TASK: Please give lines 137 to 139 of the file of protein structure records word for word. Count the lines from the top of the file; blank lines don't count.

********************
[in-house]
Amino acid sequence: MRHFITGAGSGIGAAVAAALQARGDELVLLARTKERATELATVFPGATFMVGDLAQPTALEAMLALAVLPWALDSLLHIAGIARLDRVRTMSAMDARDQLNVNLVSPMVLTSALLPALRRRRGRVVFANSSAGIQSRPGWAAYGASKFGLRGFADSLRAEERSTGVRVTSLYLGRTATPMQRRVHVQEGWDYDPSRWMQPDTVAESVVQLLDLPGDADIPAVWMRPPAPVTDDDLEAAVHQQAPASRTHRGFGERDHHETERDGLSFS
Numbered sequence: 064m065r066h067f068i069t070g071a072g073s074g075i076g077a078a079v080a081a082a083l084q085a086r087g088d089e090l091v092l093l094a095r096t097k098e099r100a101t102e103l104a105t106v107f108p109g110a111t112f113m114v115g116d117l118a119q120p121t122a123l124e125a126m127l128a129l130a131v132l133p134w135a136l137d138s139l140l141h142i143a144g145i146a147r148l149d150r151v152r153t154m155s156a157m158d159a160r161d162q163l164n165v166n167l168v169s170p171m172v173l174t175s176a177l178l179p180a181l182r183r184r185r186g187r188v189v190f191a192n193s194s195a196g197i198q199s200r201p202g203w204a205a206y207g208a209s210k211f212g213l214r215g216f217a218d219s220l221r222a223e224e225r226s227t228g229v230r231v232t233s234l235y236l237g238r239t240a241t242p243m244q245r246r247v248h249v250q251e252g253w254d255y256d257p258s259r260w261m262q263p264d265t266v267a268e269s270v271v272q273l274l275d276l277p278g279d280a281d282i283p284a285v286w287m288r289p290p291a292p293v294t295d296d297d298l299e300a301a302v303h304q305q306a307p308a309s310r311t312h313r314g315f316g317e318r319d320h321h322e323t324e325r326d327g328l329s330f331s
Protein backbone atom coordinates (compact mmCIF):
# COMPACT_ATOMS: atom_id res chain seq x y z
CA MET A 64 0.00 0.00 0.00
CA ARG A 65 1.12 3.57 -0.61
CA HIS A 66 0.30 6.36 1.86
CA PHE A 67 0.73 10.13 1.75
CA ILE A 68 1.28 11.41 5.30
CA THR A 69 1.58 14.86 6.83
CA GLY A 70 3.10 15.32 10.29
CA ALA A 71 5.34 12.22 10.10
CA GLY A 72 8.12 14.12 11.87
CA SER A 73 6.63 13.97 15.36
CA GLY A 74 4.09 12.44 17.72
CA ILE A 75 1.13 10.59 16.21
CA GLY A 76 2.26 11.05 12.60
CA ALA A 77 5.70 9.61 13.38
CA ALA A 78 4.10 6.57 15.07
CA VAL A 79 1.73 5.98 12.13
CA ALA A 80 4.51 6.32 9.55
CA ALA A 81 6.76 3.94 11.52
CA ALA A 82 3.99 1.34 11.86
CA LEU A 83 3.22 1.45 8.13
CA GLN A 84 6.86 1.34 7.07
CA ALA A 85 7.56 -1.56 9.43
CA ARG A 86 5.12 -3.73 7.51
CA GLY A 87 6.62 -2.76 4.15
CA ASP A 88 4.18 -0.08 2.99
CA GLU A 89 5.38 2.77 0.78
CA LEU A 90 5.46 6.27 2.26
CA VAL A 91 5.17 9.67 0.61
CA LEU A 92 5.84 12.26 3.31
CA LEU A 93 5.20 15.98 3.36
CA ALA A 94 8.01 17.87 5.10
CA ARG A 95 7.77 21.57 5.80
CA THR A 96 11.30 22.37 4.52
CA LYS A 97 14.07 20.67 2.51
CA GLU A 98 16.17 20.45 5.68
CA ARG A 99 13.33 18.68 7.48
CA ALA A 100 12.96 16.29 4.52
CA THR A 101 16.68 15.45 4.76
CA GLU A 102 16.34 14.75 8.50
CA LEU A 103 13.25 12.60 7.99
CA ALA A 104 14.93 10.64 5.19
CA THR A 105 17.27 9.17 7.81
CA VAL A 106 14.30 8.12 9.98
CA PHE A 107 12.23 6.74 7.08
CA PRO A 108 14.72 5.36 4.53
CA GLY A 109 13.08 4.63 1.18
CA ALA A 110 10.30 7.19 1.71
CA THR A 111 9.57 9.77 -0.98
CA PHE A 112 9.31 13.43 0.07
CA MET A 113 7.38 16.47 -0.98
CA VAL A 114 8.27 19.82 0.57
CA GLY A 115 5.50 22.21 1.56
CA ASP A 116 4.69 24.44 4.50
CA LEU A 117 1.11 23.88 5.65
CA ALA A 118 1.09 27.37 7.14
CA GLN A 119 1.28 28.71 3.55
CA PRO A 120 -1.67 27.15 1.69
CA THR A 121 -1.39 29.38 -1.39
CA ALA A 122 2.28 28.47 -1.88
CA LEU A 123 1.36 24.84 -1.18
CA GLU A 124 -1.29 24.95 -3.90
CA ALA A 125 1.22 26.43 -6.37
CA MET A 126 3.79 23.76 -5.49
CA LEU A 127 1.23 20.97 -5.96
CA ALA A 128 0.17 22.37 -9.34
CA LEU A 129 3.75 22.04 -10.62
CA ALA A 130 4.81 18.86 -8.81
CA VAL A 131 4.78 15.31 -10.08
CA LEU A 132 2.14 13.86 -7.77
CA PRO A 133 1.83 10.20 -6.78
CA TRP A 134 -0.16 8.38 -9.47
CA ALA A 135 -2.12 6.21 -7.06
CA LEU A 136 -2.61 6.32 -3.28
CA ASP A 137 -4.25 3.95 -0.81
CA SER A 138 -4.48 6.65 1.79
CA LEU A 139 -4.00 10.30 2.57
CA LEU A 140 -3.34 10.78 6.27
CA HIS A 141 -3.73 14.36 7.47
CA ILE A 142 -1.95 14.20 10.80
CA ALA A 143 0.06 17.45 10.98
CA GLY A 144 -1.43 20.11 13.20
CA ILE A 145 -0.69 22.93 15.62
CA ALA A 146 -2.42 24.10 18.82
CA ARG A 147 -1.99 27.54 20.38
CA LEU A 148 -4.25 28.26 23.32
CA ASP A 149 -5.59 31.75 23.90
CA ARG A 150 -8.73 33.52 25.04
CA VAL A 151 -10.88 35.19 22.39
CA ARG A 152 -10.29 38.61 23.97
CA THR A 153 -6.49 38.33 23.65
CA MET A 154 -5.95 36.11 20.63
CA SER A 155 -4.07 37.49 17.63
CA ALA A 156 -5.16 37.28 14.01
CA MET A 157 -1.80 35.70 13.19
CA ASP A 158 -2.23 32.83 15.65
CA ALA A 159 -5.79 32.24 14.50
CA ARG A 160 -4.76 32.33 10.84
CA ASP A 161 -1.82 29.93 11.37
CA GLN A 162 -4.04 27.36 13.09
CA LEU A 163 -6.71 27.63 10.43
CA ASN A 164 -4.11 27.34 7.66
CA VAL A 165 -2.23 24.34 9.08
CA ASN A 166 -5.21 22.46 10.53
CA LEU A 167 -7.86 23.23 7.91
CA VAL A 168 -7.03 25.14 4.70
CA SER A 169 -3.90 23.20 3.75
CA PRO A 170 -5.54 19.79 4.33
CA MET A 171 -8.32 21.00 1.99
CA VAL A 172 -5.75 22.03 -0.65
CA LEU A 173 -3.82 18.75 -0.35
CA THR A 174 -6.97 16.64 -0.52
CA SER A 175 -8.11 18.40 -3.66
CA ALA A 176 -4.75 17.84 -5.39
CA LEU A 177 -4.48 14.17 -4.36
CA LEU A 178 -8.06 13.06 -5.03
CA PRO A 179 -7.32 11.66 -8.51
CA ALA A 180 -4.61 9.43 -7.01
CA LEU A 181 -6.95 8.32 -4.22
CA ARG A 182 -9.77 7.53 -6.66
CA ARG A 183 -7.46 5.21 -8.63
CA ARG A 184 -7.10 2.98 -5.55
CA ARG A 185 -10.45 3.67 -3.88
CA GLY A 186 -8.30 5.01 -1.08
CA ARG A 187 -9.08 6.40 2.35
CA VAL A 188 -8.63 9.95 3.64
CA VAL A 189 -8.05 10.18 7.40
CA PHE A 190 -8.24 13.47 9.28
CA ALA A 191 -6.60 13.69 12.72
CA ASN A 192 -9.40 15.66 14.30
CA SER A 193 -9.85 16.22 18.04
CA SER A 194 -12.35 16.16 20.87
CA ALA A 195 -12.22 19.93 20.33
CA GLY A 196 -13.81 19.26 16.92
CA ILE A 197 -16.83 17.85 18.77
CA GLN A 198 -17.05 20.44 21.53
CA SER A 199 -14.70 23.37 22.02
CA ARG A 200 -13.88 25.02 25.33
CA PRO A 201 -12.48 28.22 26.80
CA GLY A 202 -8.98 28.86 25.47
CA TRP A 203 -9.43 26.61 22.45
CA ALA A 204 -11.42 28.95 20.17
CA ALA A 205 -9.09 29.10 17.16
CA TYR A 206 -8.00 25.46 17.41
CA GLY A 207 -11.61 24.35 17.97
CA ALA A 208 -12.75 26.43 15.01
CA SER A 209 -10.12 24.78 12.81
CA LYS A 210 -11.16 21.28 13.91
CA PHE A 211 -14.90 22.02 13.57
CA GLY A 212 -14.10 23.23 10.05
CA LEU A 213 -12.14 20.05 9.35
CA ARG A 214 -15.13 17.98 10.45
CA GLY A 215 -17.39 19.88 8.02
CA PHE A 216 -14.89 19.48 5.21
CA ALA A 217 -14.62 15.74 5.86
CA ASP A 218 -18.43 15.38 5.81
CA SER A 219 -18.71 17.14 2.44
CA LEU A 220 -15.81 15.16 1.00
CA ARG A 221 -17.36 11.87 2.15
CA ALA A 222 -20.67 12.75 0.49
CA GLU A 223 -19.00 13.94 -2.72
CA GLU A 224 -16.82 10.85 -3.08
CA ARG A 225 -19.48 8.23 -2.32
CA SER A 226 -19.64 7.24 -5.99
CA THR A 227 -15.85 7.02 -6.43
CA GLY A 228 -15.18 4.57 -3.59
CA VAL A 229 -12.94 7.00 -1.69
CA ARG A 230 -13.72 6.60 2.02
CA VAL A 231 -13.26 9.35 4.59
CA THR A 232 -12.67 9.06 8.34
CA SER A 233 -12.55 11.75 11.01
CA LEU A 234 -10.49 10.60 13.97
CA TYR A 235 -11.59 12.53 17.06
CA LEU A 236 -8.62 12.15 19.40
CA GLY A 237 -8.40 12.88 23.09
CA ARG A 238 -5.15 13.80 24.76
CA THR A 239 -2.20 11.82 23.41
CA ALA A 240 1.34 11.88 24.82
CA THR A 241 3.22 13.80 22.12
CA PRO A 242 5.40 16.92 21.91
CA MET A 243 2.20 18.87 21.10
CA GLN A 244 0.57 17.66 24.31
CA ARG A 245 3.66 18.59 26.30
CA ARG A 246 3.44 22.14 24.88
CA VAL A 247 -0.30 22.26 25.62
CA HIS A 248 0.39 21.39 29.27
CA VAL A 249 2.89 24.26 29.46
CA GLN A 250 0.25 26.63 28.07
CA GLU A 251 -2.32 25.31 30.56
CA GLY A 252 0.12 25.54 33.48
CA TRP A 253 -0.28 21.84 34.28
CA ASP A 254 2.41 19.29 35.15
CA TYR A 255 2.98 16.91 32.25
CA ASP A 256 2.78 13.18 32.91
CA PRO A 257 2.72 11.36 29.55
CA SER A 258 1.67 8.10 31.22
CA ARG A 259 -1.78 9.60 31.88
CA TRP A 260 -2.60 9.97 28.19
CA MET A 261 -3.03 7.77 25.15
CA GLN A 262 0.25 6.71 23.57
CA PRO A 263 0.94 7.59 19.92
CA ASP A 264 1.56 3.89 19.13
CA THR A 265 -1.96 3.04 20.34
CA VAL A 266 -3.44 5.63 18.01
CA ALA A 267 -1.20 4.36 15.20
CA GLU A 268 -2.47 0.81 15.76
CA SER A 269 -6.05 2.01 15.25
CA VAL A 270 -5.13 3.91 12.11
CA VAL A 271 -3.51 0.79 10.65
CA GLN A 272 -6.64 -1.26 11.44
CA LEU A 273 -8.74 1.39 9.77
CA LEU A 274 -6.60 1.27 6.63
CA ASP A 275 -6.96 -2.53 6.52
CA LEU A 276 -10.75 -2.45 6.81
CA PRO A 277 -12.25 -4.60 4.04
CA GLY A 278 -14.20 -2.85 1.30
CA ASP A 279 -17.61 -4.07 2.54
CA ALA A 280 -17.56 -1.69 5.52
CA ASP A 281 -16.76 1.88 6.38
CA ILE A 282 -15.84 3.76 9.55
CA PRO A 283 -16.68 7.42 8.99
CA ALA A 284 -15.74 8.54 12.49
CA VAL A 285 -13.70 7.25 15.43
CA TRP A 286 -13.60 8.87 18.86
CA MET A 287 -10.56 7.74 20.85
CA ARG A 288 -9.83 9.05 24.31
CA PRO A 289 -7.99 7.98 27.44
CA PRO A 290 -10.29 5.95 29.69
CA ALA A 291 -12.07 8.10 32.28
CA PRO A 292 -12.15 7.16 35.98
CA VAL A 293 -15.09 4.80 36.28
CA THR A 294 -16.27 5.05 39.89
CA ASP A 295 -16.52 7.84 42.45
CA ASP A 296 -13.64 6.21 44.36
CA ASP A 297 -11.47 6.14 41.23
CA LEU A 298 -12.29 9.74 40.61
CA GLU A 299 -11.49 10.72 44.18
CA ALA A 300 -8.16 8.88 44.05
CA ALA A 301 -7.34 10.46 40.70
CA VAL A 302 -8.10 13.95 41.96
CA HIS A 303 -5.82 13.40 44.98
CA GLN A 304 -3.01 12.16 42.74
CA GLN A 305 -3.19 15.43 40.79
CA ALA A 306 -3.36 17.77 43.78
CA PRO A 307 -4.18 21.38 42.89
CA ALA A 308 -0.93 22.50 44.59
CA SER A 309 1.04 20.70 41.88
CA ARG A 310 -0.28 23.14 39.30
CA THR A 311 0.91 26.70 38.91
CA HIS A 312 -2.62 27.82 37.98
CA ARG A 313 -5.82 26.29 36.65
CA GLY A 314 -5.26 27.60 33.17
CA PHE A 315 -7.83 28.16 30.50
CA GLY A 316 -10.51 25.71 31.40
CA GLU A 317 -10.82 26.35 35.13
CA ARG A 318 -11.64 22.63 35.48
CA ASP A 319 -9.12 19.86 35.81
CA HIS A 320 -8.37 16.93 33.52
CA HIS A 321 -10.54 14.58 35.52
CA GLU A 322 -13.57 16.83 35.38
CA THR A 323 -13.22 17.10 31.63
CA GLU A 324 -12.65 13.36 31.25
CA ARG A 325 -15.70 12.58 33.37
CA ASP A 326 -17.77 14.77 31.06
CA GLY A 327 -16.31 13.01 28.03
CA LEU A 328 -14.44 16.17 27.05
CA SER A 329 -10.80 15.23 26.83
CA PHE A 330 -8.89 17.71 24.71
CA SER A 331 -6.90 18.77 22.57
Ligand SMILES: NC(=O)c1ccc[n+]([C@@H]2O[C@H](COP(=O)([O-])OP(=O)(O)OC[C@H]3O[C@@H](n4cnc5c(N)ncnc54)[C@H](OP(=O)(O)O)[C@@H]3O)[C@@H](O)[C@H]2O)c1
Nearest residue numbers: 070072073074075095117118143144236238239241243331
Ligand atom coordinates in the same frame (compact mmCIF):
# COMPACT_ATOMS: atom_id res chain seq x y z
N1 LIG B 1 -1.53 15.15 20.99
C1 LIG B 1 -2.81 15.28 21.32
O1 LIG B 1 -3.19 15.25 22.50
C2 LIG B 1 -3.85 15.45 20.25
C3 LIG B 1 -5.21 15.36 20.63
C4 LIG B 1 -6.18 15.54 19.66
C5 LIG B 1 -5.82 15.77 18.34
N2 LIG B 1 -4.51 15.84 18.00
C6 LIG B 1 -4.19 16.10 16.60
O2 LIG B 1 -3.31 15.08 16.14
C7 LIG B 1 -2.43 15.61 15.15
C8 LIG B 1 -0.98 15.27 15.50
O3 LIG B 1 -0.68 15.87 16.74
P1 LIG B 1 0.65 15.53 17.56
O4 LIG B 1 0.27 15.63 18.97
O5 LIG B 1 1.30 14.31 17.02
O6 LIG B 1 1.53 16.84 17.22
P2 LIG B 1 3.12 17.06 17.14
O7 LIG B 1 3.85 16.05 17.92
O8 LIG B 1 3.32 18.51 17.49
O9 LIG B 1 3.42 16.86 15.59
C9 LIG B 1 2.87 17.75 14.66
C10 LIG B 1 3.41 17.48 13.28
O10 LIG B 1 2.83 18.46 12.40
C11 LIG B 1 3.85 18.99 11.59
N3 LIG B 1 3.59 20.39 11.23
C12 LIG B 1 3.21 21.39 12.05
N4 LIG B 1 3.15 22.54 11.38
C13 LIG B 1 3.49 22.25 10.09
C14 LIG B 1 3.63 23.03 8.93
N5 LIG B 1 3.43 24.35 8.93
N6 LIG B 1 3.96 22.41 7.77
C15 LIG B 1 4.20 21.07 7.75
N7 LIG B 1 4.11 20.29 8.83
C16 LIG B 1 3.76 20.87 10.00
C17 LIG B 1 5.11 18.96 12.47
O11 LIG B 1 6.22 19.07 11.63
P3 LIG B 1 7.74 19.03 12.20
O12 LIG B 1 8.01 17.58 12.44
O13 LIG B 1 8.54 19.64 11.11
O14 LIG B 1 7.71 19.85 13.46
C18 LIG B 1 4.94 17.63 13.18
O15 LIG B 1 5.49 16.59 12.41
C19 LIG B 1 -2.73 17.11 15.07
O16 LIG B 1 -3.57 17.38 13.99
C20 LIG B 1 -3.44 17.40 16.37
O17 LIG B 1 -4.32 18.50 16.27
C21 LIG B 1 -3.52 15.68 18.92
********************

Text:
CA ALA A 195 -12.22 19.93 20.33
CA GLY A 196 -13.81 19.26 16.92
CA ILE A 197 -16.83 17.85 18.77